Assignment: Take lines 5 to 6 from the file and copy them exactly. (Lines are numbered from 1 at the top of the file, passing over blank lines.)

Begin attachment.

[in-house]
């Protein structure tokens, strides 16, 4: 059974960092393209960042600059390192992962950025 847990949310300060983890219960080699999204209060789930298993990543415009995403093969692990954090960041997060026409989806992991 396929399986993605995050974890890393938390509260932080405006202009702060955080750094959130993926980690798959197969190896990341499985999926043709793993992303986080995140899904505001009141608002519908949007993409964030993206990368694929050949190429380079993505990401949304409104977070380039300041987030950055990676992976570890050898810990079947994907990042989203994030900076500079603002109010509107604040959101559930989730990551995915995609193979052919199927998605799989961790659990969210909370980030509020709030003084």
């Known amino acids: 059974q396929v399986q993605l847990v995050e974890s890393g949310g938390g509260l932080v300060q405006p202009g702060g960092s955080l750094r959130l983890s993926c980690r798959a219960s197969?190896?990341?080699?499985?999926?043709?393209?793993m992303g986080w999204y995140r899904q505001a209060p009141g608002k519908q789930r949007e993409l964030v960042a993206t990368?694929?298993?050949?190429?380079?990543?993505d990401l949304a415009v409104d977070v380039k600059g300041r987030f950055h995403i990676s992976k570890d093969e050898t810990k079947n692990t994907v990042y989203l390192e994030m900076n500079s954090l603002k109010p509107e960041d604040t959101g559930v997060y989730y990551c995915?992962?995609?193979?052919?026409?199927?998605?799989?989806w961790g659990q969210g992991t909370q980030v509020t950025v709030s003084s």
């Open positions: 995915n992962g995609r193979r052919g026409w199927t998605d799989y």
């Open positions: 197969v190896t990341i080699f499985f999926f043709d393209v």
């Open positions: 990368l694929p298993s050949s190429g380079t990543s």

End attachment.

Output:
């Open positions: 197969v190896t990341i080699f499985f999926f043709d393209v």
């Open positions: 990368l694929p298993s050949s190429g380079t990543s």